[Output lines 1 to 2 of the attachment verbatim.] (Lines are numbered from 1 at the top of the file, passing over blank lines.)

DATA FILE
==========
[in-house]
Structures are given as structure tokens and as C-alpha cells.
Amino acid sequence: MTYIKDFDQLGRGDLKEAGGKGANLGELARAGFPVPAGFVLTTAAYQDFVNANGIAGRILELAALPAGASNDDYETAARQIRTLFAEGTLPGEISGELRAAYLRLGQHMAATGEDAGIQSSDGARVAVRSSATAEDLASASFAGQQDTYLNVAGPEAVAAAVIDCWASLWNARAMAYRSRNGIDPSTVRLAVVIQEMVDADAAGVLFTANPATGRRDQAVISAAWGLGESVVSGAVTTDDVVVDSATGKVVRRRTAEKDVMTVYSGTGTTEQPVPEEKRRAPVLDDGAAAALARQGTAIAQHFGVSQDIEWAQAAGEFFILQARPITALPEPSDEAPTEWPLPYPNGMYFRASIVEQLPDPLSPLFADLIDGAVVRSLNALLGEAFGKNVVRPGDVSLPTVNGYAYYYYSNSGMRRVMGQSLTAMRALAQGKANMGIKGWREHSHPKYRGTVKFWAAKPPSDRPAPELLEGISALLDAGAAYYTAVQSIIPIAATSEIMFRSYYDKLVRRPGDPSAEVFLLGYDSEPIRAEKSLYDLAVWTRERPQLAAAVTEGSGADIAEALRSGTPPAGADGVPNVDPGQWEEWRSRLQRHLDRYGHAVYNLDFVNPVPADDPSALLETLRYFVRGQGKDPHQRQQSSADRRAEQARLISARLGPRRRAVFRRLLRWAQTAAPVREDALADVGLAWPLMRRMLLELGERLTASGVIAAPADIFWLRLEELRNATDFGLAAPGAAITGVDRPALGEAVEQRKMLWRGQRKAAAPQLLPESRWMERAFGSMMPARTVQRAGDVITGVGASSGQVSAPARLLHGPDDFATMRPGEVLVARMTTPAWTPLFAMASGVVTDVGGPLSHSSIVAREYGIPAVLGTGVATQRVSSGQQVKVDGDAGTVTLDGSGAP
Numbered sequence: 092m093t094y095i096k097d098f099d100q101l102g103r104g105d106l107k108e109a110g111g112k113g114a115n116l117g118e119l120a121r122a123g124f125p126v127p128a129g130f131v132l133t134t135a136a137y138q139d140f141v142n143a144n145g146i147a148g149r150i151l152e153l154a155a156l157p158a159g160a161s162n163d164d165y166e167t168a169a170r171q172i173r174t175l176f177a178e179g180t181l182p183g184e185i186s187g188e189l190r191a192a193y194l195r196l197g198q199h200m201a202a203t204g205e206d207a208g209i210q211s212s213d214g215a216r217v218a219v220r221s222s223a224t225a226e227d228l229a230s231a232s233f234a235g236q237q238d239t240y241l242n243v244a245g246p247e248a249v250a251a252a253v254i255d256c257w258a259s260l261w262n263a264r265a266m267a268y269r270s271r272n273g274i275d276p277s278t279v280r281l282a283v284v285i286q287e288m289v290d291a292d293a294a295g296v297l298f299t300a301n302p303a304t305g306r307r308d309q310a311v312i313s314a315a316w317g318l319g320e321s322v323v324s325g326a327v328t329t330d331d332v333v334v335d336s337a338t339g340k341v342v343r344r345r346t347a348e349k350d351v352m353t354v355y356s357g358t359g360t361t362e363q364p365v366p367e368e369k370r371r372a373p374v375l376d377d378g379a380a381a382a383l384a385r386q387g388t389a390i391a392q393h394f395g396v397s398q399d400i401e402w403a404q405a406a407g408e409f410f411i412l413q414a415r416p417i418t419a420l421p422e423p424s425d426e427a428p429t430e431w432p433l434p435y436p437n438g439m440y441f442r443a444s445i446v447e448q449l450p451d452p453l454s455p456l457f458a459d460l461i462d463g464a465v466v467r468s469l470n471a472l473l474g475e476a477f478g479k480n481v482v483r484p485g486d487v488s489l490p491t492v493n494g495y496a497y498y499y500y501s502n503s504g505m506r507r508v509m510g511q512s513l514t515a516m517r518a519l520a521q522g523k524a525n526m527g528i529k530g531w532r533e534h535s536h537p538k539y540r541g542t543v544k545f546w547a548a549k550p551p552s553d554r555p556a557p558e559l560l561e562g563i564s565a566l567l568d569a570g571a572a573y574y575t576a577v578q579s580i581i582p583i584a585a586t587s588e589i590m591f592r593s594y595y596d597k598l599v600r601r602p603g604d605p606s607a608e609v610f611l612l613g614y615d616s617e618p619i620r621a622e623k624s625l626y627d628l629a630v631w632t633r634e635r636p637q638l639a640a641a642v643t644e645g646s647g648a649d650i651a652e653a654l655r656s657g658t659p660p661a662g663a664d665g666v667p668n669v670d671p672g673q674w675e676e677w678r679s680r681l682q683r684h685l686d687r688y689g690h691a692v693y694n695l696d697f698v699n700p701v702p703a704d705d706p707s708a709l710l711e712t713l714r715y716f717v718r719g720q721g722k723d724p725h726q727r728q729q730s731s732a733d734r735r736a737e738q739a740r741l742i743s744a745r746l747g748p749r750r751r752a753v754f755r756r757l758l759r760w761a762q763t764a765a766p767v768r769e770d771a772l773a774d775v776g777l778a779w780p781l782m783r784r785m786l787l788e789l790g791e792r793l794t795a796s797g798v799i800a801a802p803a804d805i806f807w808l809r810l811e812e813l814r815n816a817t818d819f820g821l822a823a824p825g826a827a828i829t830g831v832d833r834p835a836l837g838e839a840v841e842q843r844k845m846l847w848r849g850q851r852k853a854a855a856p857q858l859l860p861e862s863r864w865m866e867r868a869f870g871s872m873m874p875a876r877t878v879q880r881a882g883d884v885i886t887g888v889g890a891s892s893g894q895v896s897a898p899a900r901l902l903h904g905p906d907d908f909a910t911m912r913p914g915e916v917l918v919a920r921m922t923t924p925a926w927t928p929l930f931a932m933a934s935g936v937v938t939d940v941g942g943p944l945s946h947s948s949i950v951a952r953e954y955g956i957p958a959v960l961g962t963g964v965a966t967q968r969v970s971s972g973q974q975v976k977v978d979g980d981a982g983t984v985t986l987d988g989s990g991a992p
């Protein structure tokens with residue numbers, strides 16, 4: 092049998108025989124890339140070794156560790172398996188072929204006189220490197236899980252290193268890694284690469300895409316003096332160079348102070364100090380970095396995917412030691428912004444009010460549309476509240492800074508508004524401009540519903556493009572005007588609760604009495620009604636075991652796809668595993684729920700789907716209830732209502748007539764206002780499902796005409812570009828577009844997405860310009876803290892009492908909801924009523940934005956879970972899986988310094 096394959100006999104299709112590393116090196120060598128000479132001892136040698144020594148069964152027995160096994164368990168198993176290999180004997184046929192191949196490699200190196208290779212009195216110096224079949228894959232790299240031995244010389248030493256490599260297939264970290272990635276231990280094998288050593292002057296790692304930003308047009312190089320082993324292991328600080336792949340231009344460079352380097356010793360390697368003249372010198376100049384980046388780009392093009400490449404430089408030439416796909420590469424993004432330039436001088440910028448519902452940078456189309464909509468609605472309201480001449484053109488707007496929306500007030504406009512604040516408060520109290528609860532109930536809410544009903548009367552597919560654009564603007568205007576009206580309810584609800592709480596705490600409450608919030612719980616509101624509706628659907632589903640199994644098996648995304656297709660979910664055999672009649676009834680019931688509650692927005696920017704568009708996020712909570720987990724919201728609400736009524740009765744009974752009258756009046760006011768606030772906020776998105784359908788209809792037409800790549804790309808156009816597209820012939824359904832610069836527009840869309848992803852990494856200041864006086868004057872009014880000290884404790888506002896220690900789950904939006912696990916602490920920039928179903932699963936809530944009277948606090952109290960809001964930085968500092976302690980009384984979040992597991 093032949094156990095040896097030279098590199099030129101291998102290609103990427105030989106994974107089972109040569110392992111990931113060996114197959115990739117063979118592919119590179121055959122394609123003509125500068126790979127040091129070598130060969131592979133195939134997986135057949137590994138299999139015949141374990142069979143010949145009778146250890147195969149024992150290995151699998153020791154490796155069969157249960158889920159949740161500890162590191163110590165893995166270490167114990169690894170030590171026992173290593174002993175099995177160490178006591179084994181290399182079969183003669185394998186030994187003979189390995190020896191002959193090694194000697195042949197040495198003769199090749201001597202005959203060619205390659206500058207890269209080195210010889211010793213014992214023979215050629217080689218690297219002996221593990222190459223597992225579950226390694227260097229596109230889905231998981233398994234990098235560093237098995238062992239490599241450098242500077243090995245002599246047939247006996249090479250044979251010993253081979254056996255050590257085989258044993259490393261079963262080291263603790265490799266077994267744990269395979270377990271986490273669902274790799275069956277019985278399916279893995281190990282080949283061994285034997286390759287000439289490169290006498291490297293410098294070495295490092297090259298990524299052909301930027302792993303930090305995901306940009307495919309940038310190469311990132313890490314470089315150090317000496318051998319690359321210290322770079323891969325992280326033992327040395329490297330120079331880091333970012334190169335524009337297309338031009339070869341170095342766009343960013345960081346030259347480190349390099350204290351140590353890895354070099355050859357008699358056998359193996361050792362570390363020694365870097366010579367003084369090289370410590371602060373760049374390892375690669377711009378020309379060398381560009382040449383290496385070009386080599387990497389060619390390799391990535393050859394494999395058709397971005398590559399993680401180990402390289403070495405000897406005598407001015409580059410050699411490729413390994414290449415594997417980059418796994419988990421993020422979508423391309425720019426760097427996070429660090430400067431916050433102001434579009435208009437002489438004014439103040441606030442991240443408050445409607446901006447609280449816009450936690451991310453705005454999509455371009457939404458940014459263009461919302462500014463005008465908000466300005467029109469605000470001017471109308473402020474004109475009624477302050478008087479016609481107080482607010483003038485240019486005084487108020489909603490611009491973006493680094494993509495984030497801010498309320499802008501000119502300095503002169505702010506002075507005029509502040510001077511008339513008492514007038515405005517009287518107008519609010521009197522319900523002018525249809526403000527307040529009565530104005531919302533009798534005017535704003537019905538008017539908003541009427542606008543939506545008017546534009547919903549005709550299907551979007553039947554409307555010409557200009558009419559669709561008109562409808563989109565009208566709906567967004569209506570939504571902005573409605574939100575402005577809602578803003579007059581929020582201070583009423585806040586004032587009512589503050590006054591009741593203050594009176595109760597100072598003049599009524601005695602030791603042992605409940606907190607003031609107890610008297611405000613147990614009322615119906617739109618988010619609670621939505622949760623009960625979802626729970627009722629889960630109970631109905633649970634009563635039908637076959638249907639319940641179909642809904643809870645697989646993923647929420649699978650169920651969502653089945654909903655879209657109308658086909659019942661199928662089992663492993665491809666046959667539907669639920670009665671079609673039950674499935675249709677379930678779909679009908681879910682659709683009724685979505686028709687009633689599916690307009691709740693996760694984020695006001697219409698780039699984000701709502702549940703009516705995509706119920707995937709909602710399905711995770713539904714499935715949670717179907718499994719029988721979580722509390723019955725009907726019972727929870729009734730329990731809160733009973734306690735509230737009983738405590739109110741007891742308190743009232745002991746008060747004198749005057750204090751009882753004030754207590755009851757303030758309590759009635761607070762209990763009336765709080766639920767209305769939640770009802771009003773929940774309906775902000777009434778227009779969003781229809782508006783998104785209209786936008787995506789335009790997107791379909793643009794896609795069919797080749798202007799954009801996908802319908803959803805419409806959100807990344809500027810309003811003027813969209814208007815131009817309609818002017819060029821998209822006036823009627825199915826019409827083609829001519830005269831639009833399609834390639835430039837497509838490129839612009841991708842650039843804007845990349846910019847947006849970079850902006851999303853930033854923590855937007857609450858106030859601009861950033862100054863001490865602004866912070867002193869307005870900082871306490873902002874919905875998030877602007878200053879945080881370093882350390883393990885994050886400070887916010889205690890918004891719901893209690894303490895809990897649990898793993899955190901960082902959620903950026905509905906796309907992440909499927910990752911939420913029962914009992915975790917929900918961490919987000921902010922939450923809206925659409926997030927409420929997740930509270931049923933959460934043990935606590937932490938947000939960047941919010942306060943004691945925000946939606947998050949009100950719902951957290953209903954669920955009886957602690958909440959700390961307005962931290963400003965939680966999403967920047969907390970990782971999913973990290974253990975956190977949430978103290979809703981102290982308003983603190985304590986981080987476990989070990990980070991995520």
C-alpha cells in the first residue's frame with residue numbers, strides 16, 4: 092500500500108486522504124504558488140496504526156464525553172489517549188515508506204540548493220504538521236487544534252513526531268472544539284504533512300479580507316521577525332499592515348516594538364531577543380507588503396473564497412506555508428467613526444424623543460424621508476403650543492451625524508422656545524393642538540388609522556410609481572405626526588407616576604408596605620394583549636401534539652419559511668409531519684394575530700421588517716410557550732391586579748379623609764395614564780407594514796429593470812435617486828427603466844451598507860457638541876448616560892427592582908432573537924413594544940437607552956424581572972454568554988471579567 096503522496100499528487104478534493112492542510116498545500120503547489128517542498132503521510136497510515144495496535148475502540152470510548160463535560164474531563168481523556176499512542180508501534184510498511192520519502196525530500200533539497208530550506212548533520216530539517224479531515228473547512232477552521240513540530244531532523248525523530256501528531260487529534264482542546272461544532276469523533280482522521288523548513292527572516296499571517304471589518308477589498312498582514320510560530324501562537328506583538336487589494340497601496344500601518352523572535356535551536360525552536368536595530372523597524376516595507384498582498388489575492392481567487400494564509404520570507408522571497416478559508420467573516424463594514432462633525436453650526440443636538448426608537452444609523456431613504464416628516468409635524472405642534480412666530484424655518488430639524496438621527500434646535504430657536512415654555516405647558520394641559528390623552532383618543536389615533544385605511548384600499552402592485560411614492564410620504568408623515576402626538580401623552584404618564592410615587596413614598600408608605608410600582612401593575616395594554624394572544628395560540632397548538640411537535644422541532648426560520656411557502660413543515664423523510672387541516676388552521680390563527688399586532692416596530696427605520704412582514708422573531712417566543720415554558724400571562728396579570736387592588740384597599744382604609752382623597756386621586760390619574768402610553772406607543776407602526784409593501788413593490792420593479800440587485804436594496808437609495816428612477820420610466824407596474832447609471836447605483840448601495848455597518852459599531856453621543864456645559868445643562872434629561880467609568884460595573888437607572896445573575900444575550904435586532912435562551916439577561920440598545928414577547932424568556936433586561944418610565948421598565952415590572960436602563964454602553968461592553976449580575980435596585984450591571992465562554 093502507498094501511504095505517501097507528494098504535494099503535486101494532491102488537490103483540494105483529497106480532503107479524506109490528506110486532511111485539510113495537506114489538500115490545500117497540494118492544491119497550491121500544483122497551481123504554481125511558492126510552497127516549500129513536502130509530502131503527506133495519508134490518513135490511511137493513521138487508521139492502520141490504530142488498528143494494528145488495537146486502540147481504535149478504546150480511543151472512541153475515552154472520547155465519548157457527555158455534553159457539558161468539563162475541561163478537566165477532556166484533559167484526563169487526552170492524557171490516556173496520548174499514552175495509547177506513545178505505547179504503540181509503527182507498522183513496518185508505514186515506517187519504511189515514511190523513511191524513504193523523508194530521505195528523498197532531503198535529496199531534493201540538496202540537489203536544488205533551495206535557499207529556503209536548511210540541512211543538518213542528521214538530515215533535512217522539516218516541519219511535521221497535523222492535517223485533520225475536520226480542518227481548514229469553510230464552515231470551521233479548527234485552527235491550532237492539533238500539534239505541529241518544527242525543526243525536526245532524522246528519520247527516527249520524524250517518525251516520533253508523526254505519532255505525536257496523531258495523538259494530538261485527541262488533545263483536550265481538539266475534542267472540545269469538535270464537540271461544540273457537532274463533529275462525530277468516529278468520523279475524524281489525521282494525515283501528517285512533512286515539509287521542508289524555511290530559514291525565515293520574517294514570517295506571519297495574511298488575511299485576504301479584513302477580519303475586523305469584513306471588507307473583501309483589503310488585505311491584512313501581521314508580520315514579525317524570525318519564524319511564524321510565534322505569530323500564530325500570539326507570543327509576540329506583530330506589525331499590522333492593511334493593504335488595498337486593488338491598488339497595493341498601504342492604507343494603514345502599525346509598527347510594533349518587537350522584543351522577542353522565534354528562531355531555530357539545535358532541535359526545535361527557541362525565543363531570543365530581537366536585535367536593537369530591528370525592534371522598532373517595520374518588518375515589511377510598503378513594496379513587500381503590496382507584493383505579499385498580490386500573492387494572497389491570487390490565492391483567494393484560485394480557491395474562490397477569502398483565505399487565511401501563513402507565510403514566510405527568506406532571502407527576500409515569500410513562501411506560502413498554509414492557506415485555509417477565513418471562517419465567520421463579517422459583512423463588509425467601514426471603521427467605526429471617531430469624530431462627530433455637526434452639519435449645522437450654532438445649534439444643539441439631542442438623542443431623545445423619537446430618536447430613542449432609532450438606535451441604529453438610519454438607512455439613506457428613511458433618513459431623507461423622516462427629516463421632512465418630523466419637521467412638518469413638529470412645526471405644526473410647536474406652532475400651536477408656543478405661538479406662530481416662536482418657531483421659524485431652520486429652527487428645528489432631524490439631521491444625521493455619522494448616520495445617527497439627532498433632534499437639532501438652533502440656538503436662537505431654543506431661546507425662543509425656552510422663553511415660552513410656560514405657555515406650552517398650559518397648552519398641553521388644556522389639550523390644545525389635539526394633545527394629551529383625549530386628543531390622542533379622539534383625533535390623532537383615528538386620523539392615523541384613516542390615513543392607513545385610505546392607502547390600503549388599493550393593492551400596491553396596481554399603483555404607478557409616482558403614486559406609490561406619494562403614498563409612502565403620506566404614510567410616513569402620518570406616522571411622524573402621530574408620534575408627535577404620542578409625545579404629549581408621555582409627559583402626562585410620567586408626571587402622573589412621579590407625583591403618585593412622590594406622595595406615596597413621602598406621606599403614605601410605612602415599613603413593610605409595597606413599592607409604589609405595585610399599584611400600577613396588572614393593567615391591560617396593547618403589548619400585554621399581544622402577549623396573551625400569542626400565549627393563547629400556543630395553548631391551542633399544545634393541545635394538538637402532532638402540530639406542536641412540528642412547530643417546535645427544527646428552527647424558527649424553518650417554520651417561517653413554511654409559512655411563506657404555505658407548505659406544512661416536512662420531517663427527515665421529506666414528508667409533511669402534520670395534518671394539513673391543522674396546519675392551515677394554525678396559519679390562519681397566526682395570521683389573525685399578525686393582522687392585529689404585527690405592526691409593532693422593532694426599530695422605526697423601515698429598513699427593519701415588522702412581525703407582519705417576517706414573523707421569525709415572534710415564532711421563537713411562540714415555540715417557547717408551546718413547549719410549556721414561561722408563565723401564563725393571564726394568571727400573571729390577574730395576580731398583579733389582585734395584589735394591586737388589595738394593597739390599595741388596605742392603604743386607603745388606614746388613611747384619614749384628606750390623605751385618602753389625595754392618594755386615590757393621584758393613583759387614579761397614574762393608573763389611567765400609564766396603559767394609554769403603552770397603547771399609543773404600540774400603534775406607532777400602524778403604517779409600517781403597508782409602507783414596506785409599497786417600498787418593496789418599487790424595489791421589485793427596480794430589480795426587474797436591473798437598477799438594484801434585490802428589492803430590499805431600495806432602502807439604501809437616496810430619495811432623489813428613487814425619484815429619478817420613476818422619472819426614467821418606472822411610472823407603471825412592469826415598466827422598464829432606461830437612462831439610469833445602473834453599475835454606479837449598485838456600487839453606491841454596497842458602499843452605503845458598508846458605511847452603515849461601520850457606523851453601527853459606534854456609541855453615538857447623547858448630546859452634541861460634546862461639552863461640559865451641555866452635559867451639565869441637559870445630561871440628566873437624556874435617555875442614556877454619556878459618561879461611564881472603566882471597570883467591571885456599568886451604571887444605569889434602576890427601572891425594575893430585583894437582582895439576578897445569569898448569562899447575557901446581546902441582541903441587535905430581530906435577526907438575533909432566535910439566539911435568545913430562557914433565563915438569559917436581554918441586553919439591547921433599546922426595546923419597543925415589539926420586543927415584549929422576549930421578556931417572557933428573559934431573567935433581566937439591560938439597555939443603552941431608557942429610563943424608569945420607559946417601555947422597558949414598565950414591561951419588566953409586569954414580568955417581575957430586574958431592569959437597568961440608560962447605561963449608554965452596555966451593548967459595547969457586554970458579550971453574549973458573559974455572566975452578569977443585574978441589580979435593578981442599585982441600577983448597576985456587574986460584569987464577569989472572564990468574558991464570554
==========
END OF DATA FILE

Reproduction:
[in-house]
Structures are given as structure tokens and as C-alpha cells.